What's more irritating than another Tom Brady Super Bowl? Being lectured about politics by the advertisers.
A survey finds two-thirds of consumers think the Super Bowl should be politics-free.
"Most people are watching sports to get away from the social crusaderism and to get away from crass politics."
Media critic and Professor Jeff McCall says taking a political stand in a Super Bowl ad is risky.
"You are bound to upset or antagonize certain people who, number one, don't agree with that point of view or number two, just don't want a political message where they think a product message should be."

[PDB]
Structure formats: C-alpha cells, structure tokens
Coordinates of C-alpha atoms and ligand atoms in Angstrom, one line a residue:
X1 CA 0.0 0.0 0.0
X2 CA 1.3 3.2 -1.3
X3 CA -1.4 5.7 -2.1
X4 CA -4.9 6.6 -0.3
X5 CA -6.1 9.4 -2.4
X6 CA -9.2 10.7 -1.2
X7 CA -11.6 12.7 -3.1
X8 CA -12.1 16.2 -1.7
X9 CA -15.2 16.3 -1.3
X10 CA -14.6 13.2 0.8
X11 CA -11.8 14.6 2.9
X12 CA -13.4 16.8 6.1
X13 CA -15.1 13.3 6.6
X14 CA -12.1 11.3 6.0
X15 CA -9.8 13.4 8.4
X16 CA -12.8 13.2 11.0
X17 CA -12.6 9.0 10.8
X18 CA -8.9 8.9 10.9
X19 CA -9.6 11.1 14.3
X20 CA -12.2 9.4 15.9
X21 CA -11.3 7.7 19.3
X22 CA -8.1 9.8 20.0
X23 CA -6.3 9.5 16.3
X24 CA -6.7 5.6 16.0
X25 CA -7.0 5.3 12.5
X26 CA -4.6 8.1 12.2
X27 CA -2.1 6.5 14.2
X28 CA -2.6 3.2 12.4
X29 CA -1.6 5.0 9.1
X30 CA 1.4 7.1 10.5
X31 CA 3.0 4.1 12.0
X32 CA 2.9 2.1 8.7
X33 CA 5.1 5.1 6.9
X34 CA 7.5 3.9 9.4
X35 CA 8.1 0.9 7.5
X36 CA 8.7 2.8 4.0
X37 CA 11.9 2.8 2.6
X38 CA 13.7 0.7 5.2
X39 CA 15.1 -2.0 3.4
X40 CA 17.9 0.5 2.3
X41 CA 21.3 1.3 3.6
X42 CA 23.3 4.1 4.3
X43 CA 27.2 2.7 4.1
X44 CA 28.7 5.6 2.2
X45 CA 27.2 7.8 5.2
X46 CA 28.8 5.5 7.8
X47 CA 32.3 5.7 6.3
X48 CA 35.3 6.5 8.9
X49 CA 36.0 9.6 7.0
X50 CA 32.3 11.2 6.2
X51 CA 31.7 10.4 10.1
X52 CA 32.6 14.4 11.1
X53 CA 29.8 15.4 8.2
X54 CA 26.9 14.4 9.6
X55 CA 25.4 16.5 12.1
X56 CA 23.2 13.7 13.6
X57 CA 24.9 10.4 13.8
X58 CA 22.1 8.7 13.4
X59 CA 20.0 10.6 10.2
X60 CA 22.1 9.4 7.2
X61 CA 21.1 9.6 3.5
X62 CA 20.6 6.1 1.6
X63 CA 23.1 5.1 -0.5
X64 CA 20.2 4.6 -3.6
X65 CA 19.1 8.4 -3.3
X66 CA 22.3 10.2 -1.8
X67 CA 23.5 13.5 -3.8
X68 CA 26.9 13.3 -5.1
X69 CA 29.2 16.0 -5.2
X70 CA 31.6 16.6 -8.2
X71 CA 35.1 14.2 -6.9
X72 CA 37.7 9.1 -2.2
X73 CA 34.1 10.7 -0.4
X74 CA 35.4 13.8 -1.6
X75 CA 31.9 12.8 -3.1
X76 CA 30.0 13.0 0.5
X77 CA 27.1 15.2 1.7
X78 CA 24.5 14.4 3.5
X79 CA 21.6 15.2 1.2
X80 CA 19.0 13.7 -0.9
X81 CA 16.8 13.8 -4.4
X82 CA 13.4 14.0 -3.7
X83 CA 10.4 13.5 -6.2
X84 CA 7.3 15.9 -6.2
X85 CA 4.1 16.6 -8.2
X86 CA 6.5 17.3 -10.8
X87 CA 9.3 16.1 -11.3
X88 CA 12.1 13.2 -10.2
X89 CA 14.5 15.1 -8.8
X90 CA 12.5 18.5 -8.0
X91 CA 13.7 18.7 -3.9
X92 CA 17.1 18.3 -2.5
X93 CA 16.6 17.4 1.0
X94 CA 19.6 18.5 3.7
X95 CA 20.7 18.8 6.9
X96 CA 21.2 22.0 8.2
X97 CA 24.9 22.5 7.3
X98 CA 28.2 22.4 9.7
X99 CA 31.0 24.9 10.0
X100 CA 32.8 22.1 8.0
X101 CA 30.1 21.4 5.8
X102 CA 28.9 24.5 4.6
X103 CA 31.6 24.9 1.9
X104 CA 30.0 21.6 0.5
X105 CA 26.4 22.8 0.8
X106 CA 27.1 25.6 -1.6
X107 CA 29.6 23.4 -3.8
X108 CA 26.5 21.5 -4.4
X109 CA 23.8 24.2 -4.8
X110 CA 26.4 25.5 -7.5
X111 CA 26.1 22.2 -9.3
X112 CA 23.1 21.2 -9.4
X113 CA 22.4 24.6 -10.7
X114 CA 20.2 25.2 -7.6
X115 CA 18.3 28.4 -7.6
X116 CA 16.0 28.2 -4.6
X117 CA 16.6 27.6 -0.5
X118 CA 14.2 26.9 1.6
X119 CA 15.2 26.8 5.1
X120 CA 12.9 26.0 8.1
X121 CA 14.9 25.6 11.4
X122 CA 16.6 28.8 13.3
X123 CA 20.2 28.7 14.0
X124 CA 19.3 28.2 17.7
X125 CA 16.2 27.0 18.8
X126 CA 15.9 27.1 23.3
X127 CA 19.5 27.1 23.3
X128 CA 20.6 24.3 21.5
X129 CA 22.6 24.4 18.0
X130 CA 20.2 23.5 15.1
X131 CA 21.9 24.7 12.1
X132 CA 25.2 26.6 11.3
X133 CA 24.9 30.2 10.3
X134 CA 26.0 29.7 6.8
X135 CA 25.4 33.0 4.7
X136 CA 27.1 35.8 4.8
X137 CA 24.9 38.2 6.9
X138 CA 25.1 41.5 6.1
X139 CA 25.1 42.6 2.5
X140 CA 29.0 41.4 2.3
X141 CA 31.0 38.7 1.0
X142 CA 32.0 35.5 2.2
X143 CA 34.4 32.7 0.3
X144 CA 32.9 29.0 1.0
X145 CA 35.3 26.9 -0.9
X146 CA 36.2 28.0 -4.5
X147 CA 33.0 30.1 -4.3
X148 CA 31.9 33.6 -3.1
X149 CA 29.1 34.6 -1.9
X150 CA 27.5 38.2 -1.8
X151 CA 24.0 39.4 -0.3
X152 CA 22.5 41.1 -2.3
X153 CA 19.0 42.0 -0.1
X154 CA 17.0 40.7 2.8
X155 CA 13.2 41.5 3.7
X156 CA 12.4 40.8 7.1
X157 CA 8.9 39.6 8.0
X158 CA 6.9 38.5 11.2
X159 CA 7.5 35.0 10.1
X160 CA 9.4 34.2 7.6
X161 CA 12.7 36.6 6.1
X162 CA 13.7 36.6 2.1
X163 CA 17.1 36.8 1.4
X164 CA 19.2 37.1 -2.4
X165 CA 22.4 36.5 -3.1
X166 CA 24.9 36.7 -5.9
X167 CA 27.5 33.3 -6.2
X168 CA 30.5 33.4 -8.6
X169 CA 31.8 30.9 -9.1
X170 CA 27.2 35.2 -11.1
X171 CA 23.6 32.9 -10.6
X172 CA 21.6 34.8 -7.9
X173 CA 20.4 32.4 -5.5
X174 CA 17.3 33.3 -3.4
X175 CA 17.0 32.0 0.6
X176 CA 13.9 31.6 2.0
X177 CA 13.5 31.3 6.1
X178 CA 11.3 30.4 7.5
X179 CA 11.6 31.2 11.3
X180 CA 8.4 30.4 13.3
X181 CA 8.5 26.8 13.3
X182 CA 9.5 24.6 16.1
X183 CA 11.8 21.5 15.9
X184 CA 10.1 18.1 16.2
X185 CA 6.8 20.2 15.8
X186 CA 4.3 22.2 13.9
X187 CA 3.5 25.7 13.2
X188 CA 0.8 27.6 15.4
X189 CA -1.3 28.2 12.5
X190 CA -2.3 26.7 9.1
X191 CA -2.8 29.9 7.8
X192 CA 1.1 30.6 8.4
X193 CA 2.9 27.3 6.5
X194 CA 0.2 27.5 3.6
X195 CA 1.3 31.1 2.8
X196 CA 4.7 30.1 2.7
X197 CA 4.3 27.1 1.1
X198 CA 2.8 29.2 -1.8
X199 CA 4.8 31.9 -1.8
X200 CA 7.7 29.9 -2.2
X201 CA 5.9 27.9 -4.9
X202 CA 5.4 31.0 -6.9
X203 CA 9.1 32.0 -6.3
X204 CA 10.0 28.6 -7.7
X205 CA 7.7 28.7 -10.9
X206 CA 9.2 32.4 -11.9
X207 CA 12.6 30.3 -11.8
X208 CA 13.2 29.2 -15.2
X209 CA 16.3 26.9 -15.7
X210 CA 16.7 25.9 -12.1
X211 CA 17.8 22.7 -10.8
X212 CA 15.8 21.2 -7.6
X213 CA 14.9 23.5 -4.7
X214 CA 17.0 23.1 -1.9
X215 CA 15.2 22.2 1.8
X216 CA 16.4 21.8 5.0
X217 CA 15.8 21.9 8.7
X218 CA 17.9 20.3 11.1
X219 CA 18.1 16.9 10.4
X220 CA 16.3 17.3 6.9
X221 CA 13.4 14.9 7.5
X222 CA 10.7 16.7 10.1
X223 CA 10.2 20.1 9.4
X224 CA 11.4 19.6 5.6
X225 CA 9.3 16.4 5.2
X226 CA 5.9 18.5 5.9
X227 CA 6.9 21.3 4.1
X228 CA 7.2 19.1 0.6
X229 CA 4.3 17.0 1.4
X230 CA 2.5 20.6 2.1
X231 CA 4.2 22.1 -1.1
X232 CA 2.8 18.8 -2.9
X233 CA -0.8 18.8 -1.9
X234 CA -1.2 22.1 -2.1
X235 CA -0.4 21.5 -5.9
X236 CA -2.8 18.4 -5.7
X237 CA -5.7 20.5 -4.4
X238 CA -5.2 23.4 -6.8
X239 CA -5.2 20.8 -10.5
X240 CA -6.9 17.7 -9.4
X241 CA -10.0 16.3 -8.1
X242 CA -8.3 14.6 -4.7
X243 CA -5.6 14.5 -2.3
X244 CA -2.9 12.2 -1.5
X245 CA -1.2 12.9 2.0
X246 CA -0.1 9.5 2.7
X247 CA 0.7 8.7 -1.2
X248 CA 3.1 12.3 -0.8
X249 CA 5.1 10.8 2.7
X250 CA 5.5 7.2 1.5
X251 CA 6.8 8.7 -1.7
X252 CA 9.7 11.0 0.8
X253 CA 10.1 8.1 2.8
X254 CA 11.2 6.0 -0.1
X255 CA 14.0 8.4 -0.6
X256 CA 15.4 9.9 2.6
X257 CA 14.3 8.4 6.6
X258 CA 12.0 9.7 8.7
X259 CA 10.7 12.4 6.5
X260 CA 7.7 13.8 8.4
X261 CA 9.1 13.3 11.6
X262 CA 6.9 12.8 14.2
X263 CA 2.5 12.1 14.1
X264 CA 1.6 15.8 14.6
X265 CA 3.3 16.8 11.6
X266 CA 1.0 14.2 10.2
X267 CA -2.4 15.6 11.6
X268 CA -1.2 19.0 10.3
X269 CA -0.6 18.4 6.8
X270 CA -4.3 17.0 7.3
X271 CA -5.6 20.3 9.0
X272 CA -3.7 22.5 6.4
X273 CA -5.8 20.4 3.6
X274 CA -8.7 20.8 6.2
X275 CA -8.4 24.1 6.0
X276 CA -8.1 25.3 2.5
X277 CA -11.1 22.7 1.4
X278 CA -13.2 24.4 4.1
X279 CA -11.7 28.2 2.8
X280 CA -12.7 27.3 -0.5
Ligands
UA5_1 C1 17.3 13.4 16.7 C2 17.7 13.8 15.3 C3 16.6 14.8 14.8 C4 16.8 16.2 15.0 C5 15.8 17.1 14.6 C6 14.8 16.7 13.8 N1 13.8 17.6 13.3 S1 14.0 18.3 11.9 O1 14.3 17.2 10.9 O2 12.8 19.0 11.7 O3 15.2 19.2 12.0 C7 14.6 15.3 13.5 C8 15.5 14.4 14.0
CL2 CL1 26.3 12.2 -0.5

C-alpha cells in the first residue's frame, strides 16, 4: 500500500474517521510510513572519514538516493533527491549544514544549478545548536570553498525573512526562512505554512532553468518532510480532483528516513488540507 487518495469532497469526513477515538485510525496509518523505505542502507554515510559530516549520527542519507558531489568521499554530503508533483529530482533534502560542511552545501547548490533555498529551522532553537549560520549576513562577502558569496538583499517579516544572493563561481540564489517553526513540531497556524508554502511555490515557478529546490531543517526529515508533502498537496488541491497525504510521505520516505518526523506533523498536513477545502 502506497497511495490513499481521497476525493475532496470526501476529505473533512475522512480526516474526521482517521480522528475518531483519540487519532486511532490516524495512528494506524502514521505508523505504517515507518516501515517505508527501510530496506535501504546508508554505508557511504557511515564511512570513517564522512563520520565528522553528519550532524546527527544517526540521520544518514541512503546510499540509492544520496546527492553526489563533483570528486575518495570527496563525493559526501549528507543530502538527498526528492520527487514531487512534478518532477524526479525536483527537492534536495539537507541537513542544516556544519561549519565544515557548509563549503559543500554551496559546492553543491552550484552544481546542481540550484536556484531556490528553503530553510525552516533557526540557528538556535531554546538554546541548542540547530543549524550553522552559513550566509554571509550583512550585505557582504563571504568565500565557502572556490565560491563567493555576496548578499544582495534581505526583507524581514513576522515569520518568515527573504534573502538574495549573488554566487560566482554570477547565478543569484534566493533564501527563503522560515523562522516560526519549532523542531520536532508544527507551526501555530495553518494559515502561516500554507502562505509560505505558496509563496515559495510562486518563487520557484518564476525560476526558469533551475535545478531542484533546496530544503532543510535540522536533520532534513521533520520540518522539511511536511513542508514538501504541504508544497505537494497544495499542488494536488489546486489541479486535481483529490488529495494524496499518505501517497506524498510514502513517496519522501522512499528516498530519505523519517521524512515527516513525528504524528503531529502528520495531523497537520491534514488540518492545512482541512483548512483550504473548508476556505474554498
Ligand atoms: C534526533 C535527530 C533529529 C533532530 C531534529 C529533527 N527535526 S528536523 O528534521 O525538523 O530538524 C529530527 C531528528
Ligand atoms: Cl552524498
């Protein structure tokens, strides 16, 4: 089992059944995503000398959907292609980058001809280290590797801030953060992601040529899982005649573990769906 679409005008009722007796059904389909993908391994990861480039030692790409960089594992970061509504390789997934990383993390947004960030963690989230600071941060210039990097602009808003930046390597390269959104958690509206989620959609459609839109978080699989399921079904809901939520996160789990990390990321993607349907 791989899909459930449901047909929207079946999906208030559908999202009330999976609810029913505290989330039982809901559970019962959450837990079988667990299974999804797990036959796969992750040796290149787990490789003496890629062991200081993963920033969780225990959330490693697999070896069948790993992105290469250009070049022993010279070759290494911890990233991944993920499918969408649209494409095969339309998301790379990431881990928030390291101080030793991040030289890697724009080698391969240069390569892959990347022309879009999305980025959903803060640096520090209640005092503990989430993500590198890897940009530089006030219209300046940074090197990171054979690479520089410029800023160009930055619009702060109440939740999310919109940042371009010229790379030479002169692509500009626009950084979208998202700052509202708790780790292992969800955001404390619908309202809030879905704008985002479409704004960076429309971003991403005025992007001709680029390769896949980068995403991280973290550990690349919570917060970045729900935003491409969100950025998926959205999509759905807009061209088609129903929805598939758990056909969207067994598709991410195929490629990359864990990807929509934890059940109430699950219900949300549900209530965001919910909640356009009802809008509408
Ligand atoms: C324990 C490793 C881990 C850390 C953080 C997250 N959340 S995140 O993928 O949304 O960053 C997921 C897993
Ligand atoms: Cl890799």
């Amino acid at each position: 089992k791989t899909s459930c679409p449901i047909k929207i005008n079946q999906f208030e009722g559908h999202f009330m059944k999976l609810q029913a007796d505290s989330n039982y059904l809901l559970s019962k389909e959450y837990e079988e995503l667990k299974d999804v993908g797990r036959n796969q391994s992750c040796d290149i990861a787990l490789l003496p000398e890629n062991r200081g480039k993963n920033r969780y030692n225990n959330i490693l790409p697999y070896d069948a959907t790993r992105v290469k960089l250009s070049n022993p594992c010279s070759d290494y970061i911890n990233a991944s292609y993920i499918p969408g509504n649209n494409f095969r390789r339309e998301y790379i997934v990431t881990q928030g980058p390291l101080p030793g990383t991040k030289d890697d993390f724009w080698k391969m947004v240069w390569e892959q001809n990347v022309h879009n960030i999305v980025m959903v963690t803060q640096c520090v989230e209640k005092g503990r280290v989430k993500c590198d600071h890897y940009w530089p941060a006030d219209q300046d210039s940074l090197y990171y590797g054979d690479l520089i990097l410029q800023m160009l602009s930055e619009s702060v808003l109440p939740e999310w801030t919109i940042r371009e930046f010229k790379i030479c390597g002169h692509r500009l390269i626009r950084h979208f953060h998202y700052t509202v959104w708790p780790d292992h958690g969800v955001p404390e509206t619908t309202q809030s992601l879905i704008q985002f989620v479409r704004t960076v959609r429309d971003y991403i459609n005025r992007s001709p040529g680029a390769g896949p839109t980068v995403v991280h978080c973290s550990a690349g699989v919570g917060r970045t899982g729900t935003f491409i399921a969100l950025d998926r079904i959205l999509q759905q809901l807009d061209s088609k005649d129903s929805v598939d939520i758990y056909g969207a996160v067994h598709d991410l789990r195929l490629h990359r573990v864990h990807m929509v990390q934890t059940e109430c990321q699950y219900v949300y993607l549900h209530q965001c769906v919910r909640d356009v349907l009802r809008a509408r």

Gillette's online toxic-masculinity spot has made headlines by angering a lot of potential Super Bowl viewers.
Professor McCall says advertisers should be careful.
"I think, for the most part, consumers would rather just have a corporation push the product and tell them why it's a good product and do it in an entertaining or informative way and not try to moralize because, let's face it, most of these corporations aren't in the moral business, anyway."
77% of Baby-Boomers are upset by political messages in the Super Bowl ads and 55% of Millennials think it's the wrong forum for politics, too.